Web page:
Rather, I think we'd all cash out all our discretionary assets and do those few last major things that must be done before we all die—visit loved ones, carry out commitments, seek forgiveness for past hurts committed, and everything else that has to be done because there just isn't enough time to waste doing anything else. And the excess of such liquidated assets would most certainly go not to loved ones with ample, who don't need anymore because there's no time left to spend it all, but to those in need—who never had and never will during this earthly existence have anything of worth other then life itself. 'Cause at that point why should anyone in need have to go without?
     Yet this science-fiction scenario is not so different from what we all face in everyday life, for we all do share a collective, sudden, certain catastrophic doom: death. For in the life of our universe, a million years is less than a blink of an eye. A thousands years is less than a thought. A hundred years is less than the tiniest increment perceptible on the most precise atomic clock. We're all on the verge of this shared sudden doom, yet we all too often act as if we're immortal. Especially when it comes to our own possessions, which I find puzzling at times.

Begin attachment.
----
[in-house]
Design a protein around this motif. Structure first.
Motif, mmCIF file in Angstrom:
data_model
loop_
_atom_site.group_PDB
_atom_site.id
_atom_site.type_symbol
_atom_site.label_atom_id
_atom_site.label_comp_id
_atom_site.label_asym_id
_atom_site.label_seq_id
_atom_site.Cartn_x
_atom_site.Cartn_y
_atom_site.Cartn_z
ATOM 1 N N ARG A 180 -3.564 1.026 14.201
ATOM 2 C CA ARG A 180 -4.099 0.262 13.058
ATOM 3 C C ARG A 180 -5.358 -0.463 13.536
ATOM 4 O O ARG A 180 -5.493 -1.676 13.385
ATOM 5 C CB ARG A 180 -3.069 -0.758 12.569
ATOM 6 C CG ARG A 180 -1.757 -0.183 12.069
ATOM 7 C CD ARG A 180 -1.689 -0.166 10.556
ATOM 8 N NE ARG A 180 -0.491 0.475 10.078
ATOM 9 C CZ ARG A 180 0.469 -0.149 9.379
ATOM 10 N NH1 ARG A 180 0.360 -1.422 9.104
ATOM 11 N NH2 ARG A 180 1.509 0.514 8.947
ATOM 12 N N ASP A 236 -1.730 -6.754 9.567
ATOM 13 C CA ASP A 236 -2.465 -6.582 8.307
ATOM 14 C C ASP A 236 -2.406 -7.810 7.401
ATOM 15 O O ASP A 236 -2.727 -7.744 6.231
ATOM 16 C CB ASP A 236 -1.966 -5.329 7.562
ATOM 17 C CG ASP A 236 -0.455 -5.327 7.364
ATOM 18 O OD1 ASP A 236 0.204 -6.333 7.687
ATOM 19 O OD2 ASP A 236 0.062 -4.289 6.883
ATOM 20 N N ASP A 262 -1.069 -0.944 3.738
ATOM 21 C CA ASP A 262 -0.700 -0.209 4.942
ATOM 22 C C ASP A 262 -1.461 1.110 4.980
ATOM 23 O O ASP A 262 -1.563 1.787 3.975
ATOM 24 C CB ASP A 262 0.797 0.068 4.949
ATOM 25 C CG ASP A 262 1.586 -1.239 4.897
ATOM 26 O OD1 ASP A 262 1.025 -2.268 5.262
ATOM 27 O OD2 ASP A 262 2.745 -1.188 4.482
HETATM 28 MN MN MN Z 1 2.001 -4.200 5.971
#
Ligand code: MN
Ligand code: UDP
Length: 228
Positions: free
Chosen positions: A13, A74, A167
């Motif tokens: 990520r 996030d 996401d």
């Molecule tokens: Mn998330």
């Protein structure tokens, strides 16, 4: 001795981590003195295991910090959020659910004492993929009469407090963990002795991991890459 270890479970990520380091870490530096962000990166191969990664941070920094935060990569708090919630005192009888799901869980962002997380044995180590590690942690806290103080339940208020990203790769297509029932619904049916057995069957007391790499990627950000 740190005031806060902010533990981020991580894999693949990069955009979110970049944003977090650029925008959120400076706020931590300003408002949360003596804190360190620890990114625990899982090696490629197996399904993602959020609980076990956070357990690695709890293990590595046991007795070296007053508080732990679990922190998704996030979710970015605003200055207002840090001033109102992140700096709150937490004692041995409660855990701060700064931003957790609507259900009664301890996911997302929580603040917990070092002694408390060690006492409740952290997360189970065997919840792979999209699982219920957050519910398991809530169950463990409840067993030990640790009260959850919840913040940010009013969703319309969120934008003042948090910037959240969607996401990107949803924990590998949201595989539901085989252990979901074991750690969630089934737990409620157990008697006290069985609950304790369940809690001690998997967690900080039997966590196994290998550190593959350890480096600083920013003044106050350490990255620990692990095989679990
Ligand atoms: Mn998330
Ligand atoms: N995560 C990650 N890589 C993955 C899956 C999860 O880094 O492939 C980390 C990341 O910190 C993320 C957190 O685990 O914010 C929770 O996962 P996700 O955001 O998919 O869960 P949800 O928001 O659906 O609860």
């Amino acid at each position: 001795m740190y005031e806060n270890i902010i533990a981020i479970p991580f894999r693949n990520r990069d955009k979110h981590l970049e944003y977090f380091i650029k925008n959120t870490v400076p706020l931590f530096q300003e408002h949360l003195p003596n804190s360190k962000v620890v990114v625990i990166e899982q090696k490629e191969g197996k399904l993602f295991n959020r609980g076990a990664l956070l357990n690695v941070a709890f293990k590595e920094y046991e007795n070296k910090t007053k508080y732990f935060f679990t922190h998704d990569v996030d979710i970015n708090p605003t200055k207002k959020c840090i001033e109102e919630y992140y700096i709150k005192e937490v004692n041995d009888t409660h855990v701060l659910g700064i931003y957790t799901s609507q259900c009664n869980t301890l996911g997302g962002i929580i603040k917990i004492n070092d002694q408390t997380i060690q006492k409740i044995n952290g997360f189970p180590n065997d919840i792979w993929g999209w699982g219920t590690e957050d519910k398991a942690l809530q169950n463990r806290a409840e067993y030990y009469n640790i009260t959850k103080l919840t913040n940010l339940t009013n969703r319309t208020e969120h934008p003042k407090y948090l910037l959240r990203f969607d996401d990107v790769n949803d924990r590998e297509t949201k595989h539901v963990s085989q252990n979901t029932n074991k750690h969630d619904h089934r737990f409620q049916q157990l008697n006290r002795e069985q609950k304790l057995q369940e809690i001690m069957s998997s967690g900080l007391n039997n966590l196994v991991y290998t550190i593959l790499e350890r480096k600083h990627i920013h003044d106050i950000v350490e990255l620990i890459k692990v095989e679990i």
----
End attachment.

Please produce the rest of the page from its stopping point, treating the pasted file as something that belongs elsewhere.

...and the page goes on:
It's easy to imagine how the first possession came into being. There was a caveman—a big, tough, selfish, greedy brute that favored a certain stick, stone, berry plant, cave corner, fishing spot, or watering hole perch. He saw someone else take that favored possession (new words and thoughts) for temporary usage and via a very strong physical effort or display—a shove, snatch, hit, tackle, roar, stare, or threatening movement got it back! And kept it evermore until the next tougher brute came along and took it away from him. 
     Is this God's best for man in a world of plenty but limited prime resources? 
     Antarctica, I think might be the model of sharing. No one country or individual owns or possesses it. It's shared by all for perpetual peaceful purposes. Stuck residents, inaccessible to incoming or outgoing vessels for months at a time, must share with others in need. And residents from different countries, cultures, and backgrounds, and speaking different native tongues do quite well cooperating, for the most part. 
     I'd love to live and see the day when the Book of Acts comes to life again. It would be fantastic to be part of, especially if such ready giving and sharing lasted beyond our lifetimes to our kids' and then some. It would have to be so freeing to not ever have to worry or think about or struggle for the continued accumulation of wealth again. Relying on fellow man at times can be a good thing. Anyone who has experienced a flat tire, empty gas tank, or lost cell phone or wallet and received the help of a kindly stranger knows this—it's a blessing both to giver and recipient. And always relying on God is even better.

No comments:

Post a Comment